During her literary career, Glenda Millard has published many picture books and children’s novels. An immensely talented author, she has the ability to write across different genres and age groups. Her books are mostly in the genres of children’s books and young adult (YA) novels.
Her first novel is The Naming of Tishkin Silk, which was published in 2003. The book was shortlisted for the NSW Premier’s Literary Awards and CBC Book of the Year Awards. Glenda doesn’t plan the story when she writes a book. When she has an inspiring idea, she just starts writing and the story develops.
Writing The Stars at Oktober Bend
The Stars at Oktober Bend was released in 2016. She got the initial idea for this book from a newspaper article about a homeless girl. The article described how the girl earned herself a scholarship for studying music at a renowned conservatorium. Heavily inspired by the article, Glenda based her story on someone who took to singing as a means of escaping a past trauma.
As she went further into the story, the characters started evolving and more information emerged. It changed the direction of the story. This change of direction led her to becoming aware of language disorders and their causes and effects. She could understand how someone feels when the individual struggles to express ideas verbally despite being intellectually brilliant.
What Glenda thinks about the characters in her books
Glenda prefers to be totally engaged with her characters and believe in them. This is her way of making others believe in her characters. She feels that readers must emotionally connect with them. If they don’t feel this connection, a good plot will not matter much.
They need that motivation to make them turn the pages one after another. Such motivation in readers is generally brought by the characters according to Glenda. The impact of characters on readers is such that it’s hard to forget them even after finishing the book.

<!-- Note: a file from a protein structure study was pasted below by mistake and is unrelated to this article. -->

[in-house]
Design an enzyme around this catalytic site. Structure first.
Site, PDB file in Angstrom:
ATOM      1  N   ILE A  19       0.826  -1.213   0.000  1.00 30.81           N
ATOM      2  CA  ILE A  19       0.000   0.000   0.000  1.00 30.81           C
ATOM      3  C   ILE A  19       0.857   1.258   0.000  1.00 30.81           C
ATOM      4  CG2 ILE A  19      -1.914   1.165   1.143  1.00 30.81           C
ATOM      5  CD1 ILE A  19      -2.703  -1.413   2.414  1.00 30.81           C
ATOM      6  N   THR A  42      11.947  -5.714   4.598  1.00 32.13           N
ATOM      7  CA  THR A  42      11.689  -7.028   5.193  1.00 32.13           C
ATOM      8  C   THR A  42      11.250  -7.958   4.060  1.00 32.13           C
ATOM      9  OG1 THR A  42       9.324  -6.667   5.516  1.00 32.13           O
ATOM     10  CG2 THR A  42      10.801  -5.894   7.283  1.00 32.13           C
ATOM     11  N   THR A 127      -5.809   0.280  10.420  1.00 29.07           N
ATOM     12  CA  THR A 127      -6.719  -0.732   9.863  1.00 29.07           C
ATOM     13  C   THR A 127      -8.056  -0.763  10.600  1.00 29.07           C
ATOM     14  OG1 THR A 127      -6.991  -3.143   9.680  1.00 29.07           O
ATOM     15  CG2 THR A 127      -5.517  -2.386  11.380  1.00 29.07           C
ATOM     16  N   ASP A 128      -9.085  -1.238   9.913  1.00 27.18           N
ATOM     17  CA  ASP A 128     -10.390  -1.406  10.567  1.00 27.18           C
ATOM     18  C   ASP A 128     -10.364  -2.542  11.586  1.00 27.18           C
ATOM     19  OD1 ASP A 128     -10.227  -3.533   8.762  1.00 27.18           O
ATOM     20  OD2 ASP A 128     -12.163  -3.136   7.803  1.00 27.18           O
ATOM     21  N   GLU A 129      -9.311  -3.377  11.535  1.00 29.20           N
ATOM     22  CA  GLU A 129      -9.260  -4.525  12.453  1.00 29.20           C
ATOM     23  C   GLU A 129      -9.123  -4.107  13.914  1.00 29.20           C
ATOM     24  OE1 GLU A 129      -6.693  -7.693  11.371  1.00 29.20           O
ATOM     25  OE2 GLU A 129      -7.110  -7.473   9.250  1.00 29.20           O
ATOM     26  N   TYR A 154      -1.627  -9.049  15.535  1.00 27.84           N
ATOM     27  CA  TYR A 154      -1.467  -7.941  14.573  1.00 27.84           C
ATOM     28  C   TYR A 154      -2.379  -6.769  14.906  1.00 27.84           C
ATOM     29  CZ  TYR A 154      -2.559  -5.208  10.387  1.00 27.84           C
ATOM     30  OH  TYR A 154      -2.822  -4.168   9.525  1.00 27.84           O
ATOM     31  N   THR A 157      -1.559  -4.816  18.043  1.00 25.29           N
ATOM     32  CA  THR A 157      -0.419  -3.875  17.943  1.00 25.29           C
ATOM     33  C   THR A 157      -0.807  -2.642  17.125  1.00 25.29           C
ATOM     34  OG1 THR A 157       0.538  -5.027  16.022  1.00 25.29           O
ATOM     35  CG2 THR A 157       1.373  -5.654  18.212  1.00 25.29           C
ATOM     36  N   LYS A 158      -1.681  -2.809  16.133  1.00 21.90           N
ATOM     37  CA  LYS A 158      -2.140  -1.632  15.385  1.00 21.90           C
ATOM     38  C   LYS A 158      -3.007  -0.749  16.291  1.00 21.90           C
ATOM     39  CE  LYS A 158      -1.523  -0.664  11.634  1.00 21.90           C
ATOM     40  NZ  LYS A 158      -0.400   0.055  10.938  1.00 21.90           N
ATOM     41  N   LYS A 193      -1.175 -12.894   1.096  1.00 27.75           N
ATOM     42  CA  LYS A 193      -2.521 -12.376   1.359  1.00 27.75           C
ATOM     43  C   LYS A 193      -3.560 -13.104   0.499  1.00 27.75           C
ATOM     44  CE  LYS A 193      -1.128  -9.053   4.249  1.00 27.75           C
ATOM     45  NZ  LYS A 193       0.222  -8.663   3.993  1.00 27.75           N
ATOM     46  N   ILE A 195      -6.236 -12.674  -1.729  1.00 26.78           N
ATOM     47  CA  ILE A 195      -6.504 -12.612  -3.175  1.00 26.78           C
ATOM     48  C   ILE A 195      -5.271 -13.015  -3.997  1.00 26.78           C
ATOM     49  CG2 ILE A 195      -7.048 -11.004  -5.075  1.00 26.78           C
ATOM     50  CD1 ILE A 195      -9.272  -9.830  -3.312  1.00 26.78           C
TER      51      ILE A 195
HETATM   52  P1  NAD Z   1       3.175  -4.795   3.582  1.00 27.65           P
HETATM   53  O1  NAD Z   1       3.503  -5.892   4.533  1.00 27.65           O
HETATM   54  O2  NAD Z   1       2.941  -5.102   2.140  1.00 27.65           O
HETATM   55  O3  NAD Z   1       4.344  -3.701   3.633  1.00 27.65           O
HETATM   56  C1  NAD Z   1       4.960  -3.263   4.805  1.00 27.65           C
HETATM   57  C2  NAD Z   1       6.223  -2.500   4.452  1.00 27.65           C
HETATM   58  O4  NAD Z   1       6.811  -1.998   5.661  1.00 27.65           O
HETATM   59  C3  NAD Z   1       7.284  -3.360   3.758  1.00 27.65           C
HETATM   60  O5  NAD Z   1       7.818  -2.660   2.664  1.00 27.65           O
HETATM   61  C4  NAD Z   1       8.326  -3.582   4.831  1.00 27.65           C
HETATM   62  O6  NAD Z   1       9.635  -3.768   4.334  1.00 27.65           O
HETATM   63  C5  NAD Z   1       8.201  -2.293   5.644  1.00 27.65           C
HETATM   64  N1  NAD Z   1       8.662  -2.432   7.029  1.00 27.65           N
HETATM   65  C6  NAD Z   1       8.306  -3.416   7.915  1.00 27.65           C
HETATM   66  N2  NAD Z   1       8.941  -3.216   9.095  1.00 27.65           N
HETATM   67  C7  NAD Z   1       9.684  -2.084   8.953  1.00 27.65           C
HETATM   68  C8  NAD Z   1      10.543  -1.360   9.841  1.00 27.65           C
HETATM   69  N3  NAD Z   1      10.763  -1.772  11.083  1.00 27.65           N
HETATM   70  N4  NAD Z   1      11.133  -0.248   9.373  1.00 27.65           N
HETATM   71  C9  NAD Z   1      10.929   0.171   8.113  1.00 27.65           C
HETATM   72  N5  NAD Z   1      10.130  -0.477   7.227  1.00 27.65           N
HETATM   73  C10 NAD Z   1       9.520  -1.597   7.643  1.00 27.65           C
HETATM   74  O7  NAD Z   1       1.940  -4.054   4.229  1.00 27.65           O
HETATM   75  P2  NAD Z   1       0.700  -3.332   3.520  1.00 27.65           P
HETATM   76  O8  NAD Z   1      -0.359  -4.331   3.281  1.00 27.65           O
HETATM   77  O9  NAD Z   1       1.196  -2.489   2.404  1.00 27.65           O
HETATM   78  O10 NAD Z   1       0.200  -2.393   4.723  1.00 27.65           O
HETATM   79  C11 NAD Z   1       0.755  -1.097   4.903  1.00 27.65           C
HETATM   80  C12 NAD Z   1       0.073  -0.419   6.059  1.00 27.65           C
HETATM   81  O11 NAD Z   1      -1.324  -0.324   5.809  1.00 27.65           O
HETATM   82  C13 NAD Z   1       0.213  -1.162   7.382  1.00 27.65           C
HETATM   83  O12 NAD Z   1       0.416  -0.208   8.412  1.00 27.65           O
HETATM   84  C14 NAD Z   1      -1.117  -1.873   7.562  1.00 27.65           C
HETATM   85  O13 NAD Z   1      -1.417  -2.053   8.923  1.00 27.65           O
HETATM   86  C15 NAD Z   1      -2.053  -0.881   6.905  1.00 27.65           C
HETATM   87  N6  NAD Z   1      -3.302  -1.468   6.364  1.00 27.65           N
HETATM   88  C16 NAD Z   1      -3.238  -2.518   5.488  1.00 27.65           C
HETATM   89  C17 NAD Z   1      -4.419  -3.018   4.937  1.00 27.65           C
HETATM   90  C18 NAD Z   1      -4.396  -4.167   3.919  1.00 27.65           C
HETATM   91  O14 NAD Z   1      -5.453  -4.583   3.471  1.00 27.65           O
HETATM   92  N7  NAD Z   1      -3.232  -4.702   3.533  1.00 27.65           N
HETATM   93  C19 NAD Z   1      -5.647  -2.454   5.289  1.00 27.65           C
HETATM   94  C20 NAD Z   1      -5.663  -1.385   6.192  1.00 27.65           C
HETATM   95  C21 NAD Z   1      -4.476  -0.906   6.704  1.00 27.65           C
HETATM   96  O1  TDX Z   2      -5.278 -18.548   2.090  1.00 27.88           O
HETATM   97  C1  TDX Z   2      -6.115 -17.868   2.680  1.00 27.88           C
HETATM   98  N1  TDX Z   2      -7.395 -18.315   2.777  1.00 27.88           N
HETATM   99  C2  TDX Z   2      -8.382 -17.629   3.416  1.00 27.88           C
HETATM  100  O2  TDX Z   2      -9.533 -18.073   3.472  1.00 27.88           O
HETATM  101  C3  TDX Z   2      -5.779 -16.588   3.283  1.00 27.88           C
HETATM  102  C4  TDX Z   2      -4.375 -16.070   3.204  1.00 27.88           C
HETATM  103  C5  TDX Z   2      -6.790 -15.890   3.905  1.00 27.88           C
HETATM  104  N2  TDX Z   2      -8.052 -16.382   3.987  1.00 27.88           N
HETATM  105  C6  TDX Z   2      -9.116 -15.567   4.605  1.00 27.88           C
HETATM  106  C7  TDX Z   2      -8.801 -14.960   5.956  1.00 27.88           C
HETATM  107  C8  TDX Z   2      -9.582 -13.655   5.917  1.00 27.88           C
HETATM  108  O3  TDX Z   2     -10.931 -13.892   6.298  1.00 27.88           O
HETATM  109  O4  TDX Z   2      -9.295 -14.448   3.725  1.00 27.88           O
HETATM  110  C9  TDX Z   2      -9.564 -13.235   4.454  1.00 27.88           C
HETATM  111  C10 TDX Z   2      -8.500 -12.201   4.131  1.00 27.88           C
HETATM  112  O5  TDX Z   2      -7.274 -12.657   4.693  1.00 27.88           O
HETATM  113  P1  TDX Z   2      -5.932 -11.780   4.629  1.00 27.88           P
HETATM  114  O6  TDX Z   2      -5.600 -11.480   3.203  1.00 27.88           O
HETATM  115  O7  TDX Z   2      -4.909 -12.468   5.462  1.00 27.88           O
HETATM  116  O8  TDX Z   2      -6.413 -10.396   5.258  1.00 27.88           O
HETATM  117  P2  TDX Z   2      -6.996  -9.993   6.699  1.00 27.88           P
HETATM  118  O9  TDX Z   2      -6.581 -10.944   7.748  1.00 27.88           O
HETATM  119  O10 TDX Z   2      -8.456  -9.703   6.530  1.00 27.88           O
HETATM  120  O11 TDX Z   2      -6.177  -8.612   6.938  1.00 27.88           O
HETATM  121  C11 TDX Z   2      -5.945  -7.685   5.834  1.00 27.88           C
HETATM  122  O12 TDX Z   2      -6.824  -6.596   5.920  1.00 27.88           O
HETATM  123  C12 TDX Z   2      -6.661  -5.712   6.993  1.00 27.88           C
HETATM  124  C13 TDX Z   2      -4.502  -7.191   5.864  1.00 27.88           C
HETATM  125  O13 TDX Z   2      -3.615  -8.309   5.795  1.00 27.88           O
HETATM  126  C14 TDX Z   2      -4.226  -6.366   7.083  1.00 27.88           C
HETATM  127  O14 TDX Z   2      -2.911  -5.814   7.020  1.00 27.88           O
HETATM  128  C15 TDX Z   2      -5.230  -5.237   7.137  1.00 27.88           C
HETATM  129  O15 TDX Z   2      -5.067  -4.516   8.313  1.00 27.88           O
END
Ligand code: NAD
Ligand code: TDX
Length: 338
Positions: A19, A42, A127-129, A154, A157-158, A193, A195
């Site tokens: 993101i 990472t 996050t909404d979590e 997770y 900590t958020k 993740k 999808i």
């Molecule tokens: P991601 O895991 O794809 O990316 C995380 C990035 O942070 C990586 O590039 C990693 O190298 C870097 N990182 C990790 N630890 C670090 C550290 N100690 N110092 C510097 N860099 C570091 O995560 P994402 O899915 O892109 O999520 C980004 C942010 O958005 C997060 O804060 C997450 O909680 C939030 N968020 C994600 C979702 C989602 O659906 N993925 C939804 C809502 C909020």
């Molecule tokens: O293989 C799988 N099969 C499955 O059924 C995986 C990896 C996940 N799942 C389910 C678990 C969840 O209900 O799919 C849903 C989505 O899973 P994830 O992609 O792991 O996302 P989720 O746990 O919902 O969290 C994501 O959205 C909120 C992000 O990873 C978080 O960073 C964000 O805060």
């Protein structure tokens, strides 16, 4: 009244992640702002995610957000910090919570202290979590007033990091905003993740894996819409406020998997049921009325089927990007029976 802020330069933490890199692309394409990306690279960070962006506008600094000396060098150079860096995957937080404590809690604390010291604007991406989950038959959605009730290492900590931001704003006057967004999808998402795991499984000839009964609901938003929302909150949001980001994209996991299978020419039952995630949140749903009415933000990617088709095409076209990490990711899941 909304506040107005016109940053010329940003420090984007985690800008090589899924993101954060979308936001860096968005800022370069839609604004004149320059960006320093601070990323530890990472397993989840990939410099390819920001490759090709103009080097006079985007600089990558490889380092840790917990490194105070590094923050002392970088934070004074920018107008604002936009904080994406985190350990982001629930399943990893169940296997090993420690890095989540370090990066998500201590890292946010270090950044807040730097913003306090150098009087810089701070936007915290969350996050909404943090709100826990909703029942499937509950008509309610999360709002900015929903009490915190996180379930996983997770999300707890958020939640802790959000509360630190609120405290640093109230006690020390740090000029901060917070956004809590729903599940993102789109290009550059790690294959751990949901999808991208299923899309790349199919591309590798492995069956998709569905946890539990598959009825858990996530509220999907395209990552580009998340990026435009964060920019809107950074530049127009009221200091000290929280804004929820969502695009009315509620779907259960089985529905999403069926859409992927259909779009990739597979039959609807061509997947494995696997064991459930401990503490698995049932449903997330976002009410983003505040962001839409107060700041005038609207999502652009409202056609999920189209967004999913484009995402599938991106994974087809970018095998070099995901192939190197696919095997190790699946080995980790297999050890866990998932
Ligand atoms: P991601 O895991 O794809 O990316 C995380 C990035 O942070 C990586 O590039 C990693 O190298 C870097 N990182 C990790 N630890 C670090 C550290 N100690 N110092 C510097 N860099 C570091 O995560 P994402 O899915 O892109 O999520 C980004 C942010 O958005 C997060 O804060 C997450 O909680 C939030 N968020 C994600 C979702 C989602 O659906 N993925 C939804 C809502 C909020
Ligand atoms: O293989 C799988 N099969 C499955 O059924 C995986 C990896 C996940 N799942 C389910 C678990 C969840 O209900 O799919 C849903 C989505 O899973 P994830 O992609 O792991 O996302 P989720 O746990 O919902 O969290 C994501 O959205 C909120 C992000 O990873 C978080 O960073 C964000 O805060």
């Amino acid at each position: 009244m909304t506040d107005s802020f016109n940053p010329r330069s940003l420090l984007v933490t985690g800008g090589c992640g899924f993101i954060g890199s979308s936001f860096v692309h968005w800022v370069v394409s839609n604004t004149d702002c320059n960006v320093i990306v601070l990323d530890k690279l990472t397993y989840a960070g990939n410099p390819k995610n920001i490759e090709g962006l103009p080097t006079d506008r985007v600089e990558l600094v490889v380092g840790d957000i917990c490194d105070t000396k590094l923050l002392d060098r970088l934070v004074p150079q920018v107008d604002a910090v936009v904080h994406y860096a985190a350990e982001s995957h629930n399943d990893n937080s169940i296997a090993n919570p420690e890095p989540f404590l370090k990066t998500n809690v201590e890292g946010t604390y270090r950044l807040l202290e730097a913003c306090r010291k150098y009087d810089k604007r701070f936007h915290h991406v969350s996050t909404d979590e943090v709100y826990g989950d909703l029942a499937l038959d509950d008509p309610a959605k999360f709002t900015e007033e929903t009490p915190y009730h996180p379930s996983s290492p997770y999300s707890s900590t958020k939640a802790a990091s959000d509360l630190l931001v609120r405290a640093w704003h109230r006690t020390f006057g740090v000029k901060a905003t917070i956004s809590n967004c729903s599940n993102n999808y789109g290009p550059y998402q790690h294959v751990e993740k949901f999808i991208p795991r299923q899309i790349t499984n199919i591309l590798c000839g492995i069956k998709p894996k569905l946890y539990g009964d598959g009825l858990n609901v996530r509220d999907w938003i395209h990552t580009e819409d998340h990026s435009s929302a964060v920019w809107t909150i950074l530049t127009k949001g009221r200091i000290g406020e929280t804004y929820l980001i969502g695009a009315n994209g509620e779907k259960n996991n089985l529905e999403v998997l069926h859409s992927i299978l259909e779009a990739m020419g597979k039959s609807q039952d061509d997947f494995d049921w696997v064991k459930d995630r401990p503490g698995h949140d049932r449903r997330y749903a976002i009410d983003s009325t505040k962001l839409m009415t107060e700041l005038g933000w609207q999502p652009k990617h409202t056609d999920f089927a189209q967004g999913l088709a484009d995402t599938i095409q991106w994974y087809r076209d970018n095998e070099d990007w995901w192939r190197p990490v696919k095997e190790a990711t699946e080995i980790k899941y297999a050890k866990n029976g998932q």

The secret to creating unforgettable characters
According to Glenda Millard, creating a literary character is similar to acting that character in a movie. She tries to feel what her characters would feel. Once this is done, she expresses those characters in ways that readers would relate to them.
The readers not only relate to such characters in an intellectual way but they also relate to them emotionally. She also deliberately invents some characters. They may have all their human shortcomings, but may also have some good qualities.
About the audience she writes for
For Glenda, the age of her readers is something quite irrelevant. Even when she writes picture books, there’s no presumption in her that only children would read them. She focuses less on her audience and more on the story. That way, she ensures that anyone who reads the book will enjoy it. She also believes that every genre comes with its own pleasures and challenges.
Her books range from picture books to novels. She always tries to keep her writing fresh and avoids getting too predictable. Among her favorite authors is David Almond, a UK-based writer. When it comes to the authors in her home country, Australia, she greatly admires Ursula Dubosarsky.